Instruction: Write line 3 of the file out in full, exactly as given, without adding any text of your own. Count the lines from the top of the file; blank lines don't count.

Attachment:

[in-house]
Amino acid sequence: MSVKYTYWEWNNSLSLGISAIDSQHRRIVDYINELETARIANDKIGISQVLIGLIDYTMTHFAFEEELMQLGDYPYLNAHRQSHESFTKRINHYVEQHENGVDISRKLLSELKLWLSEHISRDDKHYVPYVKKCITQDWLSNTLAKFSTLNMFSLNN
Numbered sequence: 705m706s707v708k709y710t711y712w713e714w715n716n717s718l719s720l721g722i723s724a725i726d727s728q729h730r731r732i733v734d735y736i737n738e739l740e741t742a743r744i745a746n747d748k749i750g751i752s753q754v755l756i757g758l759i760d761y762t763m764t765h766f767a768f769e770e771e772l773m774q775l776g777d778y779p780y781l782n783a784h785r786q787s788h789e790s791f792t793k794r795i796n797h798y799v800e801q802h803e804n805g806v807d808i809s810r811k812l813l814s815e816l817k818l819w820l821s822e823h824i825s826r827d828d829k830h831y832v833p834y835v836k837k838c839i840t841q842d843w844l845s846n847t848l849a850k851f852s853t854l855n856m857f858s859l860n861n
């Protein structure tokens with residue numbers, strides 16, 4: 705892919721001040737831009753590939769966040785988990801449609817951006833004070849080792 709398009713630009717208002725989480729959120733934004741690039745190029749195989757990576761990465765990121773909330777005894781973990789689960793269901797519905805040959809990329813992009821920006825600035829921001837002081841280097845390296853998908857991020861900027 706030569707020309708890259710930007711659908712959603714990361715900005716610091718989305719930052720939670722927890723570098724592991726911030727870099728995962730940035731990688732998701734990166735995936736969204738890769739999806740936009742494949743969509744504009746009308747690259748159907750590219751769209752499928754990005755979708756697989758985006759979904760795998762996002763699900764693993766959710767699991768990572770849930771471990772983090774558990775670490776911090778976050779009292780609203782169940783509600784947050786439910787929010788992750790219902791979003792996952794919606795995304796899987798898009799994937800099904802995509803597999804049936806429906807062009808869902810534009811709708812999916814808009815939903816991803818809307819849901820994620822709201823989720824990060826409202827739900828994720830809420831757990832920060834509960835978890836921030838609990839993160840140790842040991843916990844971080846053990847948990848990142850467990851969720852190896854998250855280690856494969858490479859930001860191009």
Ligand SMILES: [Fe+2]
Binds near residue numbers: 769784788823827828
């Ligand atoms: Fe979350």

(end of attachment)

Numbered sequence: 705m706s707v708k709y710t711y712w713e714w715n716n717s718l719s720l721g722i723s724a725i726d727s728q729h730r731r732i733v734d735y736i737n738e739l740e741t742a743r744i745a746n747d748k749i750g751i752s753q754v755l756i757g758l759i760d761y762t763m764t765h766f767a768f769e770e771e772l773m774q775l776g777d778y779p780y781l782n783a784h785r786q787s788h789e790s791f792t793k794r795i796n797h798y799v800e801q802h803e804n805g806v807d808i809s810r811k812l813l814s815e816l817k818l819w820l821s822e823h824i825s826r827d828d829k830h831y832v833p834y835v836k837k838c839i840t841q842d843w844l845s846n847t848l849a850k851f852s853t854l855n856m857f858s859l860n861n